The Morton Arboretum, in Lisle, Illinois--about 10 miles from my house--is hosting a great exhibit this summer called Steelroots. These large steel sculptures are by the the artist Steve Tobin, and are spread throughout the Conifer Collection.
The first one you see when entering the Arboretum is this one:
It was made by digging up an actual tree root system, and casting it, I think, using a lost wax method. Even though as a trained botanist I had knowledge of the size of the roots of large trees (often almost as big as what's above ground), this piece brings that home. And introduces the concept that these natural shapes can be made into art.
Other pieces are made of steel, some colored white:
You can walk under and through the steel roots:
Some are left unfinished to change in the environment:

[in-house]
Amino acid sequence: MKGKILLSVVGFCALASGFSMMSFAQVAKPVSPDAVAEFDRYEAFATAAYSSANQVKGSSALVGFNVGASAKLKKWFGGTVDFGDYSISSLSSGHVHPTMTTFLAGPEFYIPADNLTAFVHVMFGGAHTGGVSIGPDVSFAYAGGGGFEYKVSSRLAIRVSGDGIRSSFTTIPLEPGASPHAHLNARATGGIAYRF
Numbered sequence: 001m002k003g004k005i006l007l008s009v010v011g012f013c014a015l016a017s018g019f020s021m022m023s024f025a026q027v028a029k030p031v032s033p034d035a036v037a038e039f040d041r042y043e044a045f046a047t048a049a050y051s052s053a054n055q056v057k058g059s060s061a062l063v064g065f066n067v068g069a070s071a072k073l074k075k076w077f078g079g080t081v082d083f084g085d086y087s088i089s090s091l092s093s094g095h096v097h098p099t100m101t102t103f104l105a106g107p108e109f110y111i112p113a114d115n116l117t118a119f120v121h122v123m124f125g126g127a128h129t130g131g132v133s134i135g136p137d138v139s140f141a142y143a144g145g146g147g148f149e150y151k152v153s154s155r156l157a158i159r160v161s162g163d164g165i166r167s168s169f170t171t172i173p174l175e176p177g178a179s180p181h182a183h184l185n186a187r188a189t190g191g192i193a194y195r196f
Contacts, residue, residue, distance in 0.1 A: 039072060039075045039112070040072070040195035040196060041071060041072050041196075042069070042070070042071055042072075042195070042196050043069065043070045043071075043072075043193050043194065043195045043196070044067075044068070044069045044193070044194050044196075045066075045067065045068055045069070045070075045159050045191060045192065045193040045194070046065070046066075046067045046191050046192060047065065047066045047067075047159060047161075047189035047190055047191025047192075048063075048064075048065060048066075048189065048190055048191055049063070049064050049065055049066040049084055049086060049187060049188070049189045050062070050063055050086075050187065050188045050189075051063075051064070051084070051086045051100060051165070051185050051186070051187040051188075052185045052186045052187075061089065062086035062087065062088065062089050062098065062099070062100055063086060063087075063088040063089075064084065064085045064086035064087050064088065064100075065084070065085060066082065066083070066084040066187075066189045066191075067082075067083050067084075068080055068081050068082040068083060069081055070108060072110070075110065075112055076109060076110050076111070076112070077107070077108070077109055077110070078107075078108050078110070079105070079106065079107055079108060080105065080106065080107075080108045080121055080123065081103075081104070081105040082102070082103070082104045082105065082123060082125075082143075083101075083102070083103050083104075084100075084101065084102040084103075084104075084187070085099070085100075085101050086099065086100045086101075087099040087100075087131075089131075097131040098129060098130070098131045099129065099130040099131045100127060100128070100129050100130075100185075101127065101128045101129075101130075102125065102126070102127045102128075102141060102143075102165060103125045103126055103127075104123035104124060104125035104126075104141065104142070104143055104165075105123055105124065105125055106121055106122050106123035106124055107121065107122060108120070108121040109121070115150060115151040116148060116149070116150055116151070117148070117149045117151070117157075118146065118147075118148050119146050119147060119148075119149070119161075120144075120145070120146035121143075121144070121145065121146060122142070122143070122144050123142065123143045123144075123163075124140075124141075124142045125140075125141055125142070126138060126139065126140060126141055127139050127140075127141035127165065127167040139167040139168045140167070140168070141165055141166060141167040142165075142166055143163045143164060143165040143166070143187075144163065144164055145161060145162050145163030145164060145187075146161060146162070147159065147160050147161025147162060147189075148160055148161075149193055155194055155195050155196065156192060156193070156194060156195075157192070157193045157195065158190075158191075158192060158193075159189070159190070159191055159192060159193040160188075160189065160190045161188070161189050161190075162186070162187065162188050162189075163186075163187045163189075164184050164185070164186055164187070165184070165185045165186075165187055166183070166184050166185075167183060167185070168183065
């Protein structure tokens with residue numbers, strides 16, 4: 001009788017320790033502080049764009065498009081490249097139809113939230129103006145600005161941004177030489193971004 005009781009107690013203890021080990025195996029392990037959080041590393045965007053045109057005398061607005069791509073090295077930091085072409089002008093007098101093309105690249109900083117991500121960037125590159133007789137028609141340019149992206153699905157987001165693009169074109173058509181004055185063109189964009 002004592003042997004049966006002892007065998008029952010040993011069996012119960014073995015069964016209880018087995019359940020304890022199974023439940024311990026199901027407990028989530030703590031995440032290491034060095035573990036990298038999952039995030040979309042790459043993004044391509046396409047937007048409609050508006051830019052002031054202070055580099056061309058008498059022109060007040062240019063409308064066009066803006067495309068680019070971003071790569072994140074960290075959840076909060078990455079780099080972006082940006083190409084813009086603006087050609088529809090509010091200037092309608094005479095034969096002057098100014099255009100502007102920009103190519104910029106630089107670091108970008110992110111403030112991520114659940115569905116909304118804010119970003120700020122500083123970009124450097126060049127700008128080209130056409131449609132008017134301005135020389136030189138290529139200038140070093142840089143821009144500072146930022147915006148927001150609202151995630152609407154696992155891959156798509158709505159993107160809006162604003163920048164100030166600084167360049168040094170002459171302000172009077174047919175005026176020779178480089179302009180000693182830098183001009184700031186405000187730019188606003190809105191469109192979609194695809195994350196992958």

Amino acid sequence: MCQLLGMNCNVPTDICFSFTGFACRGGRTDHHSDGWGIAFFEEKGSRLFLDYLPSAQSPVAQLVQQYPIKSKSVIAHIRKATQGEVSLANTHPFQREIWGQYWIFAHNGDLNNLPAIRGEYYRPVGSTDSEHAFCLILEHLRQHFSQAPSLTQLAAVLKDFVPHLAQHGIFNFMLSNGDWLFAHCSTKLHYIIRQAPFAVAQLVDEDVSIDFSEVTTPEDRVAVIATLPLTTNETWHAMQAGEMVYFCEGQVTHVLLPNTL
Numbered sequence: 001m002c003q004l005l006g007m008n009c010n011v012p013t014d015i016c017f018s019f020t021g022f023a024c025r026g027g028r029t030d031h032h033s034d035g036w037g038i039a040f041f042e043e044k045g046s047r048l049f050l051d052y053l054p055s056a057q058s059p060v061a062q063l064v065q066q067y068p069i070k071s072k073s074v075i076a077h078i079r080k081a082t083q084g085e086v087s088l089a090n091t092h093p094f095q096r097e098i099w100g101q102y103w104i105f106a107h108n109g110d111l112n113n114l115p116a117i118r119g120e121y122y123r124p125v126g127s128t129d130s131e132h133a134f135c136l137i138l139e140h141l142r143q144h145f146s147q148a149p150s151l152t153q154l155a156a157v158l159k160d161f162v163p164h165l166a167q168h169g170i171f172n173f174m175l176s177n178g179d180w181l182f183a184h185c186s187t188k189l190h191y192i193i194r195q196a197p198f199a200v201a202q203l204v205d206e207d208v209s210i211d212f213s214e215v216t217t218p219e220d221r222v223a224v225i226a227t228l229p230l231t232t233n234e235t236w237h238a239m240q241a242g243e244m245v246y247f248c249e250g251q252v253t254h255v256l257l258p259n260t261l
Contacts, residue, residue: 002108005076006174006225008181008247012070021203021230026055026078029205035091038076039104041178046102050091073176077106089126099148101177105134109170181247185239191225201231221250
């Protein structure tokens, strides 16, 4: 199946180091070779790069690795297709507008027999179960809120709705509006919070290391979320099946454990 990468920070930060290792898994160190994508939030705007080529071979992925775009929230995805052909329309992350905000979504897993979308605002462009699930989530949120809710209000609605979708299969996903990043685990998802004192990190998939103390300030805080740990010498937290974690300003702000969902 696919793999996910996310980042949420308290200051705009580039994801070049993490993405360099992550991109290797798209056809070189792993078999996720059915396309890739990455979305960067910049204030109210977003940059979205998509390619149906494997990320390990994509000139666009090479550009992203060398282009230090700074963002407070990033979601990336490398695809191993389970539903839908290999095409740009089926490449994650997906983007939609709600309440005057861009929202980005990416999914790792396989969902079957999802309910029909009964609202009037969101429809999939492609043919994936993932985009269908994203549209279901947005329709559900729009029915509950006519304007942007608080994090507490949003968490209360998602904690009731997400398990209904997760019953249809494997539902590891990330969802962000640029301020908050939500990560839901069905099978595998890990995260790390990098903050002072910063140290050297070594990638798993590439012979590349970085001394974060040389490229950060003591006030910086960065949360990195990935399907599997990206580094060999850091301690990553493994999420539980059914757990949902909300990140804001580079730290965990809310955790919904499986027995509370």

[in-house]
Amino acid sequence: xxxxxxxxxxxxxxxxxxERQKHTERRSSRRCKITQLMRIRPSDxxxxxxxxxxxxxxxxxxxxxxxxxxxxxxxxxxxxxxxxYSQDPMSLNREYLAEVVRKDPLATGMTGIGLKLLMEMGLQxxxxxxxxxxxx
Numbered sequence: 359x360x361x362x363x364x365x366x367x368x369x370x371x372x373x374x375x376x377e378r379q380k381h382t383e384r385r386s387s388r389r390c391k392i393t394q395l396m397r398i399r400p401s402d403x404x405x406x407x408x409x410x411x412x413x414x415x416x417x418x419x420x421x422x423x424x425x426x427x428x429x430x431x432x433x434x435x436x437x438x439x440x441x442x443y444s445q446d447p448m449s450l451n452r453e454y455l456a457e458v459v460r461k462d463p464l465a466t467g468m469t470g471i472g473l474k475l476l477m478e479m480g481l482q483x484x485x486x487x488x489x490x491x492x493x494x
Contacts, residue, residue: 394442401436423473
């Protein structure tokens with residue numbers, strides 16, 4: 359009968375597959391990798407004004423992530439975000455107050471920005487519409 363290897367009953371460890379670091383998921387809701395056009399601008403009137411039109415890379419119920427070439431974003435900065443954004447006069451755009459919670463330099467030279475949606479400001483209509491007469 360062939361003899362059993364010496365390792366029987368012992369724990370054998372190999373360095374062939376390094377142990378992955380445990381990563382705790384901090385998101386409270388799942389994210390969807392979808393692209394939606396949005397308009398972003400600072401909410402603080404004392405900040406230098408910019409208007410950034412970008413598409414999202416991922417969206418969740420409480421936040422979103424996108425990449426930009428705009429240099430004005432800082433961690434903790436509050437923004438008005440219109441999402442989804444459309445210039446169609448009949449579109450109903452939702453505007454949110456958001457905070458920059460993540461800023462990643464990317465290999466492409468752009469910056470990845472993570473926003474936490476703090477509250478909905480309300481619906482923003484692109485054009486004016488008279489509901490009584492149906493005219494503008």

Morton seems to have a big commitment to art--they hold a lot of art classes, have a lot of shows. Every summer they have some kind of large pieces that relate to the natural world--last year it was huge versions of various types of animal nests.
The walk through and around these sculptures was quite nice--spotting a new piece in the distance, standing under one to look up at the sky. If you're nearby, go. The pieces are there until the end of January 2011--hmmmm, wonder what they'll look like with snow on them...